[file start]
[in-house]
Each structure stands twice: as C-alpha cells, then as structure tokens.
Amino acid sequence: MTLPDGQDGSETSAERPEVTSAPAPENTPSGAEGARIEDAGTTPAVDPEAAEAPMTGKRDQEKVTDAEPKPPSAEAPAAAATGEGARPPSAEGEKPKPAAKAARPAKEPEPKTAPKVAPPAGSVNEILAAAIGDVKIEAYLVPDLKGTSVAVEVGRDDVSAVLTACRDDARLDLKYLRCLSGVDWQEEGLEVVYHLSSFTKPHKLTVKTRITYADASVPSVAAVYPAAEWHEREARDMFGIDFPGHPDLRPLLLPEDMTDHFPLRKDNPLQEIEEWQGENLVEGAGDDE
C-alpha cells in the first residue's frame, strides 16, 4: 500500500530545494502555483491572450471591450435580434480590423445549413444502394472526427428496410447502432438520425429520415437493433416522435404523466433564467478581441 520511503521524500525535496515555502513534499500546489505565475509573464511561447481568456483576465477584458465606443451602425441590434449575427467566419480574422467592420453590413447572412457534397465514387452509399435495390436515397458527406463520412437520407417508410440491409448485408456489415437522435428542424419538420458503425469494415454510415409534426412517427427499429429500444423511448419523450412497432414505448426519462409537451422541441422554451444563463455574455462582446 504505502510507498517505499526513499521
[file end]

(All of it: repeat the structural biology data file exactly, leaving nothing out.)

[in-house]
Each structure stands twice: as C-alpha cells, then as structure tokens.
Amino acid sequence: MTLPDGQDGSETSAERPEVTSAPAPENTPSGAEGARIEDAGTTPAVDPEAAEAPMTGKRDQEKVTDAEPKPPSAEAPAAAATGEGARPPSAEGEKPKPAAKAARPAKEPEPKTAPKVAPPAGSVNEILAAAIGDVKIEAYLVPDLKGTSVAVEVGRDDVSAVLTACRDDARLDLKYLRCLSGVDWQEEGLEVVYHLSSFTKPHKLTVKTRITYADASVPSVAAVYPAAEWHEREARDMFGIDFPGHPDLRPLLLPEDMTDHFPLRKDNPLQEIEEWQGENLVEGAGDDE
C-alpha cells in the first residue's frame, strides 16, 4: 500500500530545494502555483491572450471591450435580434480590423445549413444502394472526427428496410447502432438520425429520415437493433416522435404523466433564467478581441 520511503521524500525535496515555502513534499500546489505565475509573464511561447481568456483576465477584458465606443451602425441590434449575427467566419480574422467592420453590413447572412457534397465514387452509399435495390436515397458527406463520412437520407417508410440491409448485408456489415437522435428542424419538420458503425469494415454510415409534426412517427427499429429500444423511448419523450412497432414505448426519462409537451422541441422554451444563463455574455462582446 504505502510507498517505499526513499521